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Endoscopy FAQ

Get answers to frequently asked questions about endoscopy. Your doctor will provide you with detailed instructions and information about your specific test.  

How should I prepare for my endoscopy test?

Learn more about what to bring to the hospital by reviewing our admissions and registration information.

Your doctor will give you a sheet of instructions for your specific endoscopy exam:

  • For upper endoscopy procedures, you’re usually instructed to stop eating and drinking at midnight the night before your test. 
  • For lower endoscopy procedures, you’ll be asked to follow a bowel-cleansing process the day before your test.

If you smoke, it’s a good idea to quit before your endoscopy — El Camino Health offers smoking-cessation programs to help you quit.

Please download and fill out our preadmission record form, and review or complete any campus-specific information below. These materials will help you get started with registration and help you prepare for your test.

Mountain View campus:
Los Gatos campus:

Can I drive myself home?

For your safety, we require that you have a ride home after an endoscopy test. A nurse will ask the name and phone number of the person picking you up. If you don’t have an appropriate ride home, your procedure will need to be rescheduled.

If you need a ride, we recommend one of these ride services:

We don’t consider taxi or limousine services adequate transportation for this purpose.

Where should I go for my test?

Plan to arrive 90 minutes before your scheduled procedure time. If your procedure is scheduled for 7:30 a.m., you only need to arrive 60 minutes before your scheduled time.

  • Mountain View campus – Go to the patient registration desk in the old main hospital lobby. After you register, you’ll be directed to the endoscopy center where you’ll check in with the admitting nurse.
  • Los Gatos campus – Endoscopy tests are performed in the emergency department. You’ll check in at the emergency department registration desk.

Will I be awake during the procedure?

Most people are sedated to ensure they remain comfortable throughout the procedure. You’re likely to go to sleep with sedation, and it will make you feel drowsy and relaxed even if you choose to stay awake. If you get uncomfortable, your nurse can give you more sedation during your test. If you have sedation for your procedure, you’ll spend about 30 minutes in the post-anesthesia recovery unit (PACU).

You and your doctor may decide to use anesthesia so you’re asleep during your procedure. Anesthesia patients are required to spend at least an hour in the PACU.

What happens during the procedure?

In the procedure room, your nurse will apply the following to help monitor you during your test:

  • Electrocardiogram (EKG) leads on your chest.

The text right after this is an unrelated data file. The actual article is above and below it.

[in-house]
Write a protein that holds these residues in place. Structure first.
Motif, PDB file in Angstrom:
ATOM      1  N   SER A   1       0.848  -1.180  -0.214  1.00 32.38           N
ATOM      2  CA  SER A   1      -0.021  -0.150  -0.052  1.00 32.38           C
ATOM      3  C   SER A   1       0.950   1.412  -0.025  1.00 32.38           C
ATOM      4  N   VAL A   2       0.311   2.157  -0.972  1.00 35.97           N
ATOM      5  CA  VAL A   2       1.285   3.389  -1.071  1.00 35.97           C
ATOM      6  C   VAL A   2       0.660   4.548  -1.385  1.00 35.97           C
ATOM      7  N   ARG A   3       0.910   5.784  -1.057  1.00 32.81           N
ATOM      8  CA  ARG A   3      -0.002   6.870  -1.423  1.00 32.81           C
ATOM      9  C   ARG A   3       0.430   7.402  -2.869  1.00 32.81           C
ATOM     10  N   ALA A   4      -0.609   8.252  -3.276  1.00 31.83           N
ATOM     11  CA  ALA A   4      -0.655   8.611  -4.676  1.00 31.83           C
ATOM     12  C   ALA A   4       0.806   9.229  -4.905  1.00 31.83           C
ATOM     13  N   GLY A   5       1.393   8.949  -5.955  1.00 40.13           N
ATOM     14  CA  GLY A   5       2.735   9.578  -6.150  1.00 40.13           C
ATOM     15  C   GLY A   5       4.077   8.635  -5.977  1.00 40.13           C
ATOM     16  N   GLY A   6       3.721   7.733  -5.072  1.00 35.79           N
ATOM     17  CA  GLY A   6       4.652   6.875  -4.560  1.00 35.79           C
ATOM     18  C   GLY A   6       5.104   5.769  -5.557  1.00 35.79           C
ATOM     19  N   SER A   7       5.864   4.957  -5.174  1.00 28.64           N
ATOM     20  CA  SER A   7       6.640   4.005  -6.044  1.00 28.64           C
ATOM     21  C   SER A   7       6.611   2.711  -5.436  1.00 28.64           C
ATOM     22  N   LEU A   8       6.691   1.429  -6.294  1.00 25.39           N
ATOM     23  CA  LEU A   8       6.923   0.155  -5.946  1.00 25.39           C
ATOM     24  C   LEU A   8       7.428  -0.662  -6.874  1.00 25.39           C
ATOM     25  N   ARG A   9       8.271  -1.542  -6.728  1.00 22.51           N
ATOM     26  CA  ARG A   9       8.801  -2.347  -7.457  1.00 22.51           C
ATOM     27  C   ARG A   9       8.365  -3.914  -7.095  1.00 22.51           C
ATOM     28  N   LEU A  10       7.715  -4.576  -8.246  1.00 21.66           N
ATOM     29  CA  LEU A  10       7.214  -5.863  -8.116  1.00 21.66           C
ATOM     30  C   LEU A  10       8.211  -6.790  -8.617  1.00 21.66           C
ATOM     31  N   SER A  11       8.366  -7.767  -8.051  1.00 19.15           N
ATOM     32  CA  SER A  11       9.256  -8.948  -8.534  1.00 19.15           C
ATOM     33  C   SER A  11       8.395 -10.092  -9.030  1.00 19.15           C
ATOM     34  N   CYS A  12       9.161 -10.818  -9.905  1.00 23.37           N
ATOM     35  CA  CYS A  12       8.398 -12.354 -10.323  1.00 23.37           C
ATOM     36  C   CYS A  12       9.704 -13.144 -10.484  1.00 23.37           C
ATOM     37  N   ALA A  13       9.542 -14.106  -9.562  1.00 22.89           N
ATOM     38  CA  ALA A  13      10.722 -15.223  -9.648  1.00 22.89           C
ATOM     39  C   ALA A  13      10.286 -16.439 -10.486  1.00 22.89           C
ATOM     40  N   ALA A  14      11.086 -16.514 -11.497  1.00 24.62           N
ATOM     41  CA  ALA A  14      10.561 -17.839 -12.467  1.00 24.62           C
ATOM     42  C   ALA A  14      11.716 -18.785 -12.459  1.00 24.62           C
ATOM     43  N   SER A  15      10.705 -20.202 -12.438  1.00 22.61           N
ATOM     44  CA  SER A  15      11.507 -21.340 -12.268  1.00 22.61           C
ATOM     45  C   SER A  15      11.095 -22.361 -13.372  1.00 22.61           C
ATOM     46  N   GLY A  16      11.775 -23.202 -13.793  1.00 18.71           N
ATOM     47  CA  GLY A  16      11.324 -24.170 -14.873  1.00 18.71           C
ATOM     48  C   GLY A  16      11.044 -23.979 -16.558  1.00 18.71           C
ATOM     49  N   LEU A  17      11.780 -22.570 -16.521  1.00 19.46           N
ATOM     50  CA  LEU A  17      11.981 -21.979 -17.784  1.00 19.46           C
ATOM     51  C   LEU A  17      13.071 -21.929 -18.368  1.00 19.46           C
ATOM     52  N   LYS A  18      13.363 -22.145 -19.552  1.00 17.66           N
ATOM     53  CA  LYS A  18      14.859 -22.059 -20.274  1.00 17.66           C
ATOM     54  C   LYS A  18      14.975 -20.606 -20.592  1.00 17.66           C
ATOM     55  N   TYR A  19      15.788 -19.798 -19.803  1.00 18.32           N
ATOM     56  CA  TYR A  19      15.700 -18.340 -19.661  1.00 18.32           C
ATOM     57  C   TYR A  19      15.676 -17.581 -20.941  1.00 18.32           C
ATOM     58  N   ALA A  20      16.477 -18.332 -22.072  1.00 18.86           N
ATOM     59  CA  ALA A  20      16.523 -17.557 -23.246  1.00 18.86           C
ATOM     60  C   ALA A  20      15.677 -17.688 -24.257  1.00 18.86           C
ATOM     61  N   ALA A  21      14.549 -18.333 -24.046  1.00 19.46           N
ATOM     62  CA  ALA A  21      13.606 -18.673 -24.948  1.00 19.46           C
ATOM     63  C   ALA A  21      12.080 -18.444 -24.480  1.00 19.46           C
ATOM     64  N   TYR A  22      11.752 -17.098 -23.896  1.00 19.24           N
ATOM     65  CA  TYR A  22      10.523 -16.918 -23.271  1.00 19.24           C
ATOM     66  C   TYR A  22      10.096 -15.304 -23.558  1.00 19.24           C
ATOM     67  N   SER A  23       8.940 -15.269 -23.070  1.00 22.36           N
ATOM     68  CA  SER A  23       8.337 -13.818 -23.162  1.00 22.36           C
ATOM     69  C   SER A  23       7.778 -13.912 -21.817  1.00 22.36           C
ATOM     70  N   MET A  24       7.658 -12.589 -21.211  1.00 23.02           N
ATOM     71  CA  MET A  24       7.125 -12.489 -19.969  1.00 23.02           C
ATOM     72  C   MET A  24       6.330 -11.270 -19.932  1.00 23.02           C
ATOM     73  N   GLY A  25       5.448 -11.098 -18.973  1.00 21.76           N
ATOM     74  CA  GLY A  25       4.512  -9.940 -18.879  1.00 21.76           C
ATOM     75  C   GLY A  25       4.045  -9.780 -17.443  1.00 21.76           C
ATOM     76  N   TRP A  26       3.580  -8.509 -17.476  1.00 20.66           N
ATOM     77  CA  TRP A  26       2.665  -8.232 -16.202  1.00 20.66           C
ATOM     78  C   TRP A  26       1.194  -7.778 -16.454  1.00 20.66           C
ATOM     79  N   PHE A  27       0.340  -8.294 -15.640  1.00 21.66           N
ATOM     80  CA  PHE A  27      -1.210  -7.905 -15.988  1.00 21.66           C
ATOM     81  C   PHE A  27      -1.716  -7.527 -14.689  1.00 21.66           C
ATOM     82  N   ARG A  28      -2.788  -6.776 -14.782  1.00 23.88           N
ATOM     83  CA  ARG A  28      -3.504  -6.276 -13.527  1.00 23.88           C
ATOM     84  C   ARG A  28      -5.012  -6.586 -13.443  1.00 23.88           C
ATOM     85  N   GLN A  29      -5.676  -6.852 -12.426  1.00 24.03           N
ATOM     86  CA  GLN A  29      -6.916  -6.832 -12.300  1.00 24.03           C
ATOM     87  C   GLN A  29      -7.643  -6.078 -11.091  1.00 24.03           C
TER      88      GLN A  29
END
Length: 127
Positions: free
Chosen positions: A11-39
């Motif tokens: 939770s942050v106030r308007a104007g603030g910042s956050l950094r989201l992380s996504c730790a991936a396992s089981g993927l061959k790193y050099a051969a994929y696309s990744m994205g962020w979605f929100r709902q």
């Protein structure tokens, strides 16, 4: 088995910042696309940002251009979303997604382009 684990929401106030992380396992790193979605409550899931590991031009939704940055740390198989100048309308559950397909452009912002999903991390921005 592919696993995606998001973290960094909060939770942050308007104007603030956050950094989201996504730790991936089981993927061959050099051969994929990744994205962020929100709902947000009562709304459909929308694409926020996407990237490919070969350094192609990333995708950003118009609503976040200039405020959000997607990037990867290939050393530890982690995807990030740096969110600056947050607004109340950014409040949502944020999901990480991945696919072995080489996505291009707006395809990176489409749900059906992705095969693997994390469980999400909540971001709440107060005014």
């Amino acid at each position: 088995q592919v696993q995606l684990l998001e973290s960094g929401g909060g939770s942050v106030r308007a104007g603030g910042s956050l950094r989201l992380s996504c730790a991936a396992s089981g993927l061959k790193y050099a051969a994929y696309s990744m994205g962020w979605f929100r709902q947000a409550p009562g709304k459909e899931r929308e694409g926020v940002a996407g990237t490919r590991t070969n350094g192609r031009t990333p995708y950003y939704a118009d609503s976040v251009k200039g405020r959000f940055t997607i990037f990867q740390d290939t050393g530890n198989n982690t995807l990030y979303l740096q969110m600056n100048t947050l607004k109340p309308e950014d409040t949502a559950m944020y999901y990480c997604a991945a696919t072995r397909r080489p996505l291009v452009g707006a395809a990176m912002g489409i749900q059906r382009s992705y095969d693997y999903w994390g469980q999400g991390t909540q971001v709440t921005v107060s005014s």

• Oxygen sensor on one finger.
  • Oxygen under your nose. 
  • Blood pressure cuff on your arm. 

Just before your procedure starts, your nurse or anesthesiologist will begin your sedation or anesthesia.

For lower endoscopies, your doctor inflates your bowel with carbon dioxide gas. This allows the scope to travel through the length of your colon and gives your doctor a view of the tissue. Depending on the test, your doctor guides the scope through your entire colon or to some point before that.

With upper endoscopies, including a transesophageal echocardiogram (TEE), your doctor usually recommends enough medication for you to sleep through the procedure. You’ll also have a local anesthetic sprayed into your throat to numb the area where the scope will go.

In some cases your doctor will remove a polyp or take a small piece of tissue for biopsy during your endoscopy. These processes don’t cause pain.

How long will my procedure take?

Lower endoscopies usually take about 45 minutes to an hour. Upper endoscopies take 30 to 45 minutes. Bronchoscopies are usually scheduled to take an hour, or up to two hours for an interventional bronchoscopy procedure.

What happens after the procedure?

When your procedure is finished, you’ll be taken to the post-anesthesia care unit to rest. While you’re there, your doctor may talk to you about your test. If you give permission, a friend or family member can be in the room at this time to be a part of the conversation.

A nurse or another clinician will bring you to the front lobby entrance via wheel chair. We ask that your driver meet us there with the car.

What can I expect after I go home?

You’ll be given specific discharge instructions to follow. Most of the time, instructions for the remainder of the day include:

  • Don’t drive or operate machinery.
  • Avoid foods that cause gas.
  • Don’t drink alcohol.
  • Don’t work or exercise.
  • Stick with soft, bland foods like eggs, oatmeal, pancakes, soup or macaroni and cheese for your first meal.

If your throat is sore from an upper endoscopy, try gargling with salt water or sucking on a cough drop. A sore throat should improve in one to three days. You may also see a small amount of blood on the tissue when you cough or wipe. This can happen from irritation from the scope.

If you experience any of the following, call your doctor or go to the emergency room right away:

  • Heavy bleeding.
  • Severe chest or abdominal pain.
  • Trouble breathing.
  • High fever (greater than 101 degrees).
  • Nausea or vomiting.
  • Severe constipation.

How do I get copies of my test results?

The best way to get your results is from the doctor who ordered your test. He or she will be able to explain the results and how they relate to your overall medical situation.

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